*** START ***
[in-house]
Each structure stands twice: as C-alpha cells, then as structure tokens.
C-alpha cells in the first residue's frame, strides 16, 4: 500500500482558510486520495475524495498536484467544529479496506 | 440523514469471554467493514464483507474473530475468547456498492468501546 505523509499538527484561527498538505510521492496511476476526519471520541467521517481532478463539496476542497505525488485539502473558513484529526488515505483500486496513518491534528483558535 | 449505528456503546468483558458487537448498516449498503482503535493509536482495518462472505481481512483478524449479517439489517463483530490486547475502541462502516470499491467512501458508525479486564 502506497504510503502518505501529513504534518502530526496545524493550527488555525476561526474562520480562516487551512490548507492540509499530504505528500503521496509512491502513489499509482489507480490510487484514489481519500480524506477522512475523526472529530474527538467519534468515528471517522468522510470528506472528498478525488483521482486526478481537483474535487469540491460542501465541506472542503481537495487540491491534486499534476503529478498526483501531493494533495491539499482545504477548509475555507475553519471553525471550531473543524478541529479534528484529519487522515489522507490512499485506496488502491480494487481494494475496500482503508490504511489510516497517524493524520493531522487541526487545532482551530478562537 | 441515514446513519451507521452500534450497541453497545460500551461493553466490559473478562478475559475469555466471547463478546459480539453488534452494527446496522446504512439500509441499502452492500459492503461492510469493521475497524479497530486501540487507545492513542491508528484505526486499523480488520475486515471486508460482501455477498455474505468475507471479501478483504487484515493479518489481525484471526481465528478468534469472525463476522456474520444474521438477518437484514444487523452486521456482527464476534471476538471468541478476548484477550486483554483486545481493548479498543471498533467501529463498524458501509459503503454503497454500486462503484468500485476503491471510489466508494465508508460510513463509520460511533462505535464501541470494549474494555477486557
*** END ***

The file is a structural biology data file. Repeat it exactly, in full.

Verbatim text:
[in-house]
Each structure stands twice: as C-alpha cells, then as structure tokens.
C-alpha cells in the first residue's frame, strides 16, 4: 500500500482558510486520495475524495498536484467544529479496506 | 440523514469471554467493514464483507474473530475468547456498492468501546 505523509499538527484561527498538505510521492496511476476526519471520541467521517481532478463539496476542497505525488485539502473558513484529526488515505483500486496513518491534528483558535 | 449505528456503546468483558458487537448498516449498503482503535493509536482495518462472505481481512483478524449479517439489517463483530490486547475502541462502516470499491467512501458508525479486564 502506497504510503502518505501529513504534518502530526496545524493550527488555525476561526474562520480562516487551512490548507492540509499530504505528500503521496509512491502513489499509482489507480490510487484514489481519500480524506477522512475523526472529530474527538467519534468515528471517522468522510470528506472528498478525488483521482486526478481537483474535487469540491460542501465541506472542503481537495487540491491534486499534476503529478498526483501531493494533495491539499482545504477548509475555507475553519471553525471550531473543524478541529479534528484529519487522515489522507490512499485506496488502491480494487481494494475496500482503508490504511489510516497517524493524520493531522487541526487545532482551530478562537 | 441515514446513519451507521452500534450497541453497545460500551461493553466490559473478562478475559475469555466471547463478546459480539453488534452494527446496522446504512439500509441499502452492500459492503461492510469493521475497524479497530486501540487507545492513542491508528484505526486499523480488520475486515471486508460482501455477498455474505468475507471479501478483504487484515493479518489481525484471526481465528478468534469472525463476522456474520444474521438477518437484514444487523452486521456482527464476534471476538471468541478476548484477550486483554483486545481493548479498543471498533467501529463498524458501509459503503454503497454500486462503484468500485476503491471510489466508494465508508460510513463509520460511533462505535464501541470494549474494555477486557